Despite all the digitisation and availability of information, even now, in many Indian households, it is taboo to talk openly about money. This misguided practice was tested to the hilt a few years ago when the Government demonetised currency overnight and spouses living in the same house surprised each other with the amount of cash they had ‘kept safely’ for a rainy day.
Unfortunately, this lack of communication around money matters tends to translate to poor financial decision making by the younger generation in a family. Children witness this awkwardness around what can be called one of the primary resources contributing to our lives – i.e. money, and imbibe it in their own money relationship as they become adults.
Hopefully young parents today are learning from mistakes made in the previous decades. Not only that, with the help of many useful resources, parents can find innovative, productive and fun ways of engaging with children about money from an early age. In doing so, they will be able to build a healthy understanding of the value that money holds in our lives and also a culture of vetting money decisions before making them.
But, where should you begin? Is there merit in telling your children how much you earn or how much the house is worth or perhaps should you jump into the concept of investing and growing money? Not so soon. Children first need to grasp that money holds value and secondly that decisions about how to earn, save or spend money ultimately have an impact on the outcome they desire.
MONEY IS A FINITE RESOURCE
‘Money doesn’t grow on trees.’ This is a phrase I can relate to from my childhood, growing up in a typical middleclass household. With the opening up of our economy in the 90s, there was a sea change in what became available for basic consumption at affordable prices. Fast forward three decades, indulging your child’s desires is a lot less expensive. A toy car broke, replace. The doll’s hair is spoilt, replace. Cricket balls lost, replace many times.
It is not unreasonable to say that children have taken their ‘stuff’ for granted. This shows a different kind of communication gap; parents’ inability to refuse their child any material comfort they might desire. Truth is, even today, parents work hard to provide a comfortable living to their children. It’s unfair to have this obligation to buying the most unaffordable indulgences, thanks to communication ineptitude of the most basic fact, money is finite.
If you look around, there are many examples of people having suffered due to taking money for granted. A few years ago, news of celebrated tennis champion Boris Becker auctioning his trophies to pay off debt, sent shock waves globally. More recently, 12-time Olympic medallist, swimmer, Ryan Lochte went form earning millions to having very little to survive on owing to reckless spending. Narrating these stories in a casual way can help children to think about the notion that we don’t have an endless pot of money, being magically refilled.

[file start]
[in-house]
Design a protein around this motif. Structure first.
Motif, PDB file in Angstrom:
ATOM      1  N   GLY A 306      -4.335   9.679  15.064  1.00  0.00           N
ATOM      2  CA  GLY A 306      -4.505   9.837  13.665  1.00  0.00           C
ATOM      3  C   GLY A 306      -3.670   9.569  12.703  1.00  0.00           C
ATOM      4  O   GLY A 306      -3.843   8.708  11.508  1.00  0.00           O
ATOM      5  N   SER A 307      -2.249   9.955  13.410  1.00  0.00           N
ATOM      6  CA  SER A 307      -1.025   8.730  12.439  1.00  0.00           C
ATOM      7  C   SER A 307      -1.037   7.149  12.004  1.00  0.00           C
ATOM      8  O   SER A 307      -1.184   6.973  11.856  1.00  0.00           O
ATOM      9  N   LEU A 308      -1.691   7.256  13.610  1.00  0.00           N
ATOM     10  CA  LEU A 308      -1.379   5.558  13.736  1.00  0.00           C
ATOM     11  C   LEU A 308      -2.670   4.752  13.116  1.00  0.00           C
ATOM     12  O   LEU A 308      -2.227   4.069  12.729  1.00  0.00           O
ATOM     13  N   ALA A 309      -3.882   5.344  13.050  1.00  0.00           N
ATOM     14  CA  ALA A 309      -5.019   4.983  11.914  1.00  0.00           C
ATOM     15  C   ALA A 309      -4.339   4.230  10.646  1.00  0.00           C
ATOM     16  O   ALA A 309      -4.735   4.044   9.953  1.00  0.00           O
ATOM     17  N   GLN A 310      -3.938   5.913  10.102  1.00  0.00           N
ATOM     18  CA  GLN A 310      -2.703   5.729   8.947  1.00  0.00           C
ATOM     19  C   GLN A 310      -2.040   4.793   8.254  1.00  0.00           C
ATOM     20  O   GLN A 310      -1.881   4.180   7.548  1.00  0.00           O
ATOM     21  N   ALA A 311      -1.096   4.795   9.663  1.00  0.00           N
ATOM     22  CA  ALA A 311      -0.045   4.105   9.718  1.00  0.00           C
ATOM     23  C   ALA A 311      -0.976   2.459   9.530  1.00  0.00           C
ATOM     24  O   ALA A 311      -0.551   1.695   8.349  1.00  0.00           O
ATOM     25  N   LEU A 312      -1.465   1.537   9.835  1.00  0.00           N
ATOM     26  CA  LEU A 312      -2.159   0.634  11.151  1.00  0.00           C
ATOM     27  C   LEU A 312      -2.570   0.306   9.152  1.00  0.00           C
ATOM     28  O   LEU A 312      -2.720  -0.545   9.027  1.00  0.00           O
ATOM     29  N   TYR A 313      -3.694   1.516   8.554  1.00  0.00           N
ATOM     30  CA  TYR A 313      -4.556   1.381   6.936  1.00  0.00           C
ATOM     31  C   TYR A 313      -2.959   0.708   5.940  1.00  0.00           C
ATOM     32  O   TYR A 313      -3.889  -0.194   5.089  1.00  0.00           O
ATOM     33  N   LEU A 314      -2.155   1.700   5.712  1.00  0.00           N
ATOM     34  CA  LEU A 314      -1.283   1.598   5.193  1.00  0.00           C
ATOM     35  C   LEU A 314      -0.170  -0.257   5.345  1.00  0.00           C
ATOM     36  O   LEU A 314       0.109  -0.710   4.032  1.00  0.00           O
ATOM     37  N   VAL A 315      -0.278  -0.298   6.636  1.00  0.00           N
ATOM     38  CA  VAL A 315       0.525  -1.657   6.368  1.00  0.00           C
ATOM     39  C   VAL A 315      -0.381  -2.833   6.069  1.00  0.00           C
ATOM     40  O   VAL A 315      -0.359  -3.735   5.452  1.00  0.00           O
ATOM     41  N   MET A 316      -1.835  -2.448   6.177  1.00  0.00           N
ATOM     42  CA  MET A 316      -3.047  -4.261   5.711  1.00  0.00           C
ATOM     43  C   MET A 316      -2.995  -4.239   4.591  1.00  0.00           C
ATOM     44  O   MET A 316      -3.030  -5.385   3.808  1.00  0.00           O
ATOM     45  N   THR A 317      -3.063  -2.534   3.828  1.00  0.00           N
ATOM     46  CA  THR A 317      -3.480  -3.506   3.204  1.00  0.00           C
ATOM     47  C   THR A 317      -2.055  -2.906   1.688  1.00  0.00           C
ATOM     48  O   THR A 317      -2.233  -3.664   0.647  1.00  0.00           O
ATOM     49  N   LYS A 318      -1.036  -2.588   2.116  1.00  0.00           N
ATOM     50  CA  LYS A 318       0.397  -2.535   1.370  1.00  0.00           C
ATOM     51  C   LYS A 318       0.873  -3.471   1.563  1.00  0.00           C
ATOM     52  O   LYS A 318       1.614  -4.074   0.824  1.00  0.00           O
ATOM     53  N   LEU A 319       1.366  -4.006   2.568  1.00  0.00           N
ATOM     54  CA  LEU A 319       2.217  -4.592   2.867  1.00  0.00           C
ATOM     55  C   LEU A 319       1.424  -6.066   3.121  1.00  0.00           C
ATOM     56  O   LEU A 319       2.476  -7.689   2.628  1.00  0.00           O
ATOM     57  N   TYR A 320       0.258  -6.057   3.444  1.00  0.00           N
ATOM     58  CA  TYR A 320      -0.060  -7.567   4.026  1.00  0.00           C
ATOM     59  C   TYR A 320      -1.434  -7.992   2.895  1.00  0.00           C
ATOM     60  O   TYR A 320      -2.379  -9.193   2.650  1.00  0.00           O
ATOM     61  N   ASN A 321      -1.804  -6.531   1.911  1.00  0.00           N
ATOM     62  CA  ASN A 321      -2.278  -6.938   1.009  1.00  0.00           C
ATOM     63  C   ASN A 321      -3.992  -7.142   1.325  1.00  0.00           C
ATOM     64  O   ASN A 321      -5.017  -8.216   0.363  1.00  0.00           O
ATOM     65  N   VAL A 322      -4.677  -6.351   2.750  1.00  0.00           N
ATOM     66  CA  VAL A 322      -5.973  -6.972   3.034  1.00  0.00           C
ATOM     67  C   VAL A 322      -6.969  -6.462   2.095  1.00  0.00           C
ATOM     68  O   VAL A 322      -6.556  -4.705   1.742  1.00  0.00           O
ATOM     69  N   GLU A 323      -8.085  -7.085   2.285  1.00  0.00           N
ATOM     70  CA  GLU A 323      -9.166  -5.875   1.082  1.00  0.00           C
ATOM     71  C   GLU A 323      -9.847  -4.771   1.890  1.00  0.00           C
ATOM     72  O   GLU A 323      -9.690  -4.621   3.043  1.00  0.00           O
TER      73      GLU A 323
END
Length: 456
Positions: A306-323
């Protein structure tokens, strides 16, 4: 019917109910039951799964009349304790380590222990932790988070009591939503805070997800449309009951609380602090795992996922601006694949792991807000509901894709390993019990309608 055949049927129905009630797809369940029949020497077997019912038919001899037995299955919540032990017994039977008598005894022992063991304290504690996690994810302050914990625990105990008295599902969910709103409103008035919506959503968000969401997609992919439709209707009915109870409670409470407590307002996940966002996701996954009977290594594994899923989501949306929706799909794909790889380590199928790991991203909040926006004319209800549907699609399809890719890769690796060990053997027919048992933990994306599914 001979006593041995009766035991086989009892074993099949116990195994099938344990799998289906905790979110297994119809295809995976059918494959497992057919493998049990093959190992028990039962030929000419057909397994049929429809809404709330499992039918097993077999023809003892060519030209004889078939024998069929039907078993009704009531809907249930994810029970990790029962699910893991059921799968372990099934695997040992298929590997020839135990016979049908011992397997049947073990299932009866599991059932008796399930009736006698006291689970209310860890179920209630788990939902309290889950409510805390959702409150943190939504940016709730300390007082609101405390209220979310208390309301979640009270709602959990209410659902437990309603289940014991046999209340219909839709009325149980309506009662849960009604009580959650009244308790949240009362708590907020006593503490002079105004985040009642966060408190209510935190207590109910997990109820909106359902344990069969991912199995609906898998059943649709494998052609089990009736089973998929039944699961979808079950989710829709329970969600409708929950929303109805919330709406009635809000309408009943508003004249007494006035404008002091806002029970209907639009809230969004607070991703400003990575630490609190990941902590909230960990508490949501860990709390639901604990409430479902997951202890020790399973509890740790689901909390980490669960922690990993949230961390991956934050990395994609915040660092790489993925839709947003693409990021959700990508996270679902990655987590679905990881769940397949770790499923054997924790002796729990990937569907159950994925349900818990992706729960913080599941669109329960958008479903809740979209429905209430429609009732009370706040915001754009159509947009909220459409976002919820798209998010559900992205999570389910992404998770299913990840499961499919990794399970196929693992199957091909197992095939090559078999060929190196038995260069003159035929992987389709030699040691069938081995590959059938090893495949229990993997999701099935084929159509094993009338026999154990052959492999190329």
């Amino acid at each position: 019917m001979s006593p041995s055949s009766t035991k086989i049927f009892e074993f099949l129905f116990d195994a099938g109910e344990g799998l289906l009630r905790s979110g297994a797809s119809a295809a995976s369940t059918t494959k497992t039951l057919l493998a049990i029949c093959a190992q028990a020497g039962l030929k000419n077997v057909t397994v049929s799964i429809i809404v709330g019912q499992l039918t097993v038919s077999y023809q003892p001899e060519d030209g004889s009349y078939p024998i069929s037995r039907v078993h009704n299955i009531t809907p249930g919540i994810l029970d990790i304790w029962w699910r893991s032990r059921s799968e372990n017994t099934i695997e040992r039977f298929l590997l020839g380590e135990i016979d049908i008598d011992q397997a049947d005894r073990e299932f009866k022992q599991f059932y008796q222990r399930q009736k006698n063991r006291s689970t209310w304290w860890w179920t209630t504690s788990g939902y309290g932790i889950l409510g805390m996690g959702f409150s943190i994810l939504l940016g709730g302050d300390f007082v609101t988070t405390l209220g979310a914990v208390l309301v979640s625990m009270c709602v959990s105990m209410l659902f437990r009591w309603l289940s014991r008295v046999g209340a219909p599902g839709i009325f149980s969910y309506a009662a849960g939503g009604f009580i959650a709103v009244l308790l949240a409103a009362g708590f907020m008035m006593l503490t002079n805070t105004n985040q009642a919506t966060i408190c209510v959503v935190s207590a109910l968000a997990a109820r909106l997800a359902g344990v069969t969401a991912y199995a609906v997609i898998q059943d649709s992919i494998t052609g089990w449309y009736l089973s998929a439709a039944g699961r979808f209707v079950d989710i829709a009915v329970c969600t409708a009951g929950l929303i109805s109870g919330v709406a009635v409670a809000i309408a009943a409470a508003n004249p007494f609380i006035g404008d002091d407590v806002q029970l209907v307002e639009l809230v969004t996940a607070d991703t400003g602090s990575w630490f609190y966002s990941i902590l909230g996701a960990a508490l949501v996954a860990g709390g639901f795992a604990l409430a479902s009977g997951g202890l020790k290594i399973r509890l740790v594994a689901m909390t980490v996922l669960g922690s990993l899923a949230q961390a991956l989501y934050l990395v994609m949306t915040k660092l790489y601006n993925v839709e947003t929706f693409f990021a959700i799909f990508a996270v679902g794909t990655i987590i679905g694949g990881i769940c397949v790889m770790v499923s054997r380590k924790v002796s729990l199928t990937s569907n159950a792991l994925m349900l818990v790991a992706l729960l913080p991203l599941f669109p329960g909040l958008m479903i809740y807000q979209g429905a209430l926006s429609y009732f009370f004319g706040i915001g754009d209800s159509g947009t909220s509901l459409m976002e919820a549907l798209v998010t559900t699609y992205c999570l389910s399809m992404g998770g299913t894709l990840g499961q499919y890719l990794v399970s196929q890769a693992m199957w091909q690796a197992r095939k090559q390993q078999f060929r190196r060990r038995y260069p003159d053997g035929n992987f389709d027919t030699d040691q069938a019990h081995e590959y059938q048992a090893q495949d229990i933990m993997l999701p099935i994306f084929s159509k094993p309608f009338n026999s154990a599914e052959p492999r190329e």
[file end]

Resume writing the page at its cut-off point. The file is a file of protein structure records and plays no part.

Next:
Also, try to introduce the transactional value of money early in life. Let them make some purchases on their own, small things to begin with. This can start under your supervision when children are 5-6 years old. Nudge them to buy a candy or pay at the counter but don’t give them enough change, which will get them to ask for more. This act of asking for more immediately shows that there is a possibility, what they have is not enough. You can fall short.
Don’t shy away from telling them that something they want is too expensive. Nurtured carefully, eventually it can help create a desire to work hard for improving affordability, if that is the goal.
Even where affordability is not under question, there is merit in stretching unimportant, large purchases. For example, a Sony Play Station costs nearly Rs 30,000. This may not be a big spend for you, however, for a school going child this is still a lot of money. If you were to simply give it to your child when he/she asks for it, you have created no conscious sense of value that money holds. After all, the only effort required from the child’s side was to ask.
One way to create this understanding of value, is to delay the purchase. Let your child say save up pocket money or money from chores so he or she can make atleast a sizeable contribution to buy it. This activity is likely to stretch across months and in that time the desire to own it will ensure that they respect it more. Another way to do this is perhaps package it as a reward for an achievement which could takes time and effort. However, the pitfall with the second process is that your child may start to link money/monetary gratification with self-worth which has its own drawbacks.
So, try the delayed gratification route as much as possible. In some cases, this delayed action can influence the decision itself and over time you will find your child course correct if the requirement was frivolous, thanks to delayed buying.
These are first steps for young minds to recognise the value of money and then understand that it is finite. Seeing their savings grow to form a bigger pile will give them the satisfaction of having achieved something and if that translates to buying what they want, then that’s a bonus. The most important facet of both the above, is simply more open communication about money.
Communicate with kids about money, why money matters and why decision making around money need not be a taboo.
Author- Lisa Pallavi Barbora
(As published in IPRU Insights)